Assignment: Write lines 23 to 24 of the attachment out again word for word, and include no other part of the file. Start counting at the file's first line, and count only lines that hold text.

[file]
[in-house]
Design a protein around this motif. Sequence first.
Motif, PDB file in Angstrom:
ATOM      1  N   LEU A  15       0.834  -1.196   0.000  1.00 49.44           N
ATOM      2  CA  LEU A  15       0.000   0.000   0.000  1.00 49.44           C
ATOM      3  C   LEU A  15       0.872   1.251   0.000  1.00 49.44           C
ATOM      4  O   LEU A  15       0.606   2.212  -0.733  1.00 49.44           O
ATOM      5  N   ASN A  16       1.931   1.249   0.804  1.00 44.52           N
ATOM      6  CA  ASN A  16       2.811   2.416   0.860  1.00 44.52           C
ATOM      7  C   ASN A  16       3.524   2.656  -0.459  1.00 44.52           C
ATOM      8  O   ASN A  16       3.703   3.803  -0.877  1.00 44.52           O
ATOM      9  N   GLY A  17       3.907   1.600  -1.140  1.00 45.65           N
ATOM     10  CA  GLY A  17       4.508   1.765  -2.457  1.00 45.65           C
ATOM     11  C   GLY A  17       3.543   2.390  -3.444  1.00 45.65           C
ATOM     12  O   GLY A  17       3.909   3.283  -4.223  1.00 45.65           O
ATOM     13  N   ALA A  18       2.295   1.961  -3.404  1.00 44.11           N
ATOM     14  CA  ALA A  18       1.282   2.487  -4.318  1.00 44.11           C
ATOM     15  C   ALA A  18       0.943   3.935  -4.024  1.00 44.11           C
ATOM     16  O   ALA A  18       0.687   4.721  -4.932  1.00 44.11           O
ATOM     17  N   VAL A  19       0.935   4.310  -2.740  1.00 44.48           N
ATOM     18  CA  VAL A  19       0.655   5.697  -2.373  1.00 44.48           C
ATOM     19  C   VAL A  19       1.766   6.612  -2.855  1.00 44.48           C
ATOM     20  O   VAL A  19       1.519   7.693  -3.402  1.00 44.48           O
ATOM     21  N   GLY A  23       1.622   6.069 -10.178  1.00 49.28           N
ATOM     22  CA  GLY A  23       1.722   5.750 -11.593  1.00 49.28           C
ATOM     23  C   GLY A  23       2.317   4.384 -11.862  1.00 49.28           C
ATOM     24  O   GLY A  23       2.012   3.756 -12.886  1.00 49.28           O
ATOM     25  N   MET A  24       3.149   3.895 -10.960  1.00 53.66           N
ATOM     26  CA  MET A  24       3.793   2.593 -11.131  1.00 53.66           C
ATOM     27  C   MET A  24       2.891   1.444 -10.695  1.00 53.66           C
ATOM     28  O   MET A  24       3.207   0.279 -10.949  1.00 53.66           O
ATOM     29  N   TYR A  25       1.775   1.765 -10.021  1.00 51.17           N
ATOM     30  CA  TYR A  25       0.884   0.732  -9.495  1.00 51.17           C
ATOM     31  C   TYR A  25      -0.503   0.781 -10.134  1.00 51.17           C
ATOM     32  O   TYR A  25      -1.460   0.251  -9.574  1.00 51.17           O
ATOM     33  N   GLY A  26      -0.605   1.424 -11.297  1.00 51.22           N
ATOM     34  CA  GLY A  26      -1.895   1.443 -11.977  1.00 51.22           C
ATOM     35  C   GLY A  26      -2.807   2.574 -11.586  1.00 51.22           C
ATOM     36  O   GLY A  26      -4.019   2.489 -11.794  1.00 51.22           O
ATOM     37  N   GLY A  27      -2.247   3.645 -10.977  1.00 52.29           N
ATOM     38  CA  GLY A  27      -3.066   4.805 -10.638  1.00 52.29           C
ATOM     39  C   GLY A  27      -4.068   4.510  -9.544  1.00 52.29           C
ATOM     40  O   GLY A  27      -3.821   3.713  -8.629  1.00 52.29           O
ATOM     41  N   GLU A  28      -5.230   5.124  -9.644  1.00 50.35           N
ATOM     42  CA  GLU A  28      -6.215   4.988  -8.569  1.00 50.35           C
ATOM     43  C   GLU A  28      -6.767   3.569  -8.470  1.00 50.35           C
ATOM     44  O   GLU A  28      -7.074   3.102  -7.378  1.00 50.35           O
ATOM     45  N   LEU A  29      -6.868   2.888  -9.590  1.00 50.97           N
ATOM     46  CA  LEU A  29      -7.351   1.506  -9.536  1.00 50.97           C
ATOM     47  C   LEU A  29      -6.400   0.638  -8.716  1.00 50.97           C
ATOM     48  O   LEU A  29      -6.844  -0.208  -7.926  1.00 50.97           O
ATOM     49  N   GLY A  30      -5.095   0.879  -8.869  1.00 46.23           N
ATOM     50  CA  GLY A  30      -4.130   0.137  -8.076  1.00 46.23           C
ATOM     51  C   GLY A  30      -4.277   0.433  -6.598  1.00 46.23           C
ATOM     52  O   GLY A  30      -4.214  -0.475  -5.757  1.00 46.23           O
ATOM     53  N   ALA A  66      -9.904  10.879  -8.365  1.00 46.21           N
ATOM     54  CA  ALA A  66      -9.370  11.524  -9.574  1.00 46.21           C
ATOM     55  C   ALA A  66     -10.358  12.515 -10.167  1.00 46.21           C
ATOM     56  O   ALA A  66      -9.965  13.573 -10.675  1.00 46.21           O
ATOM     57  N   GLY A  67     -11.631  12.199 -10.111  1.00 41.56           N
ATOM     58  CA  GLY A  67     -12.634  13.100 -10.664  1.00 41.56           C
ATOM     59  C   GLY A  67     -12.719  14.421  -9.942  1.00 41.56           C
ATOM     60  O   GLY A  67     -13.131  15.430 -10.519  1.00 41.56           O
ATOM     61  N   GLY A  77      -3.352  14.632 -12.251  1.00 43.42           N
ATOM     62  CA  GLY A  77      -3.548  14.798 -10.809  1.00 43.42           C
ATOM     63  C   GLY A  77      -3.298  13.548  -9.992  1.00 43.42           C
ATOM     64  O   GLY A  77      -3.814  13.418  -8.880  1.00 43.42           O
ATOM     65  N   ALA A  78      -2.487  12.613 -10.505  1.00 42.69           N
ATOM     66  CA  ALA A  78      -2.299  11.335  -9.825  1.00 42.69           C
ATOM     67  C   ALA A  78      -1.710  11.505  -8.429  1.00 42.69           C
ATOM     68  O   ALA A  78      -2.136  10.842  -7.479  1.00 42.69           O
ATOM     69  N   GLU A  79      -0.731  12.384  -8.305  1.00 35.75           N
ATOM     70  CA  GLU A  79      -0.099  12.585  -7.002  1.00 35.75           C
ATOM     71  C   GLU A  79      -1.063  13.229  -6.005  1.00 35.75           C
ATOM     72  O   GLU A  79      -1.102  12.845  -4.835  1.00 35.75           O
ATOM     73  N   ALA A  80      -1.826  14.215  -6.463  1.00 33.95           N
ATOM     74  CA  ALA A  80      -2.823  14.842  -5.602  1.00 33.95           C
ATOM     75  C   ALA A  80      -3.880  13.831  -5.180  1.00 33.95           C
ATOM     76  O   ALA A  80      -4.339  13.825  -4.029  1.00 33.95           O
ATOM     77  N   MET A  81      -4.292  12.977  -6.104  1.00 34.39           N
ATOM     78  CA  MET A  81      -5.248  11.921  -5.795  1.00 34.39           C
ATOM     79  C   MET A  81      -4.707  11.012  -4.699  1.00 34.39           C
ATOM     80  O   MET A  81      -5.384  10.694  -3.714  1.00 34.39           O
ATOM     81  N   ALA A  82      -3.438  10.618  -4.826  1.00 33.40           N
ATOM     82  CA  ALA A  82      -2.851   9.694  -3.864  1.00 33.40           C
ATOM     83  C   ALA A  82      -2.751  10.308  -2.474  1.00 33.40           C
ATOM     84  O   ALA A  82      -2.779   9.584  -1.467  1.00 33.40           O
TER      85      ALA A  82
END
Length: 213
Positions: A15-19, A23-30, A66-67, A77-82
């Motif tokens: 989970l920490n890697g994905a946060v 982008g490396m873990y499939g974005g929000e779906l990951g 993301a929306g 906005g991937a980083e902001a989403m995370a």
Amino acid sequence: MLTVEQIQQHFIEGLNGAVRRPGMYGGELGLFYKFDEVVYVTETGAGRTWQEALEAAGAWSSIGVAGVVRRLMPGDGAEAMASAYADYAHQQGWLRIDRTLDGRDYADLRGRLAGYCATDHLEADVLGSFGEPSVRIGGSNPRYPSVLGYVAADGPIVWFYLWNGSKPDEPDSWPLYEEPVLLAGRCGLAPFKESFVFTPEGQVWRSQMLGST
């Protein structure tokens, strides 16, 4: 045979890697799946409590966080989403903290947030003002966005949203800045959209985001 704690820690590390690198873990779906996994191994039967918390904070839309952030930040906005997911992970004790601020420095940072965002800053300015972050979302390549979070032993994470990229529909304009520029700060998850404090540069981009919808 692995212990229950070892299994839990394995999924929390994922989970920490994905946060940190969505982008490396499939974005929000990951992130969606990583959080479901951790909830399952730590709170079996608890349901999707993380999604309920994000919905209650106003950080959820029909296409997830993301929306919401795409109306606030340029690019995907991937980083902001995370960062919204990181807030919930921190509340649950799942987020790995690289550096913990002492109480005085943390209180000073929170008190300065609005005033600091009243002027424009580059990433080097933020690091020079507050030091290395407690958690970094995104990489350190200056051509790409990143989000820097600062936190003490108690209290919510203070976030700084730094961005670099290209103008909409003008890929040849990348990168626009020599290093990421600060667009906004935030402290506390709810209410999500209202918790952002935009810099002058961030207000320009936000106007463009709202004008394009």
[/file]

ATOM     20  O   VAL A  19       1.519   7.693  -3.402  1.00 44.48           O
ATOM     21  N   GLY A  23       1.622   6.069 -10.178  1.00 49.28           N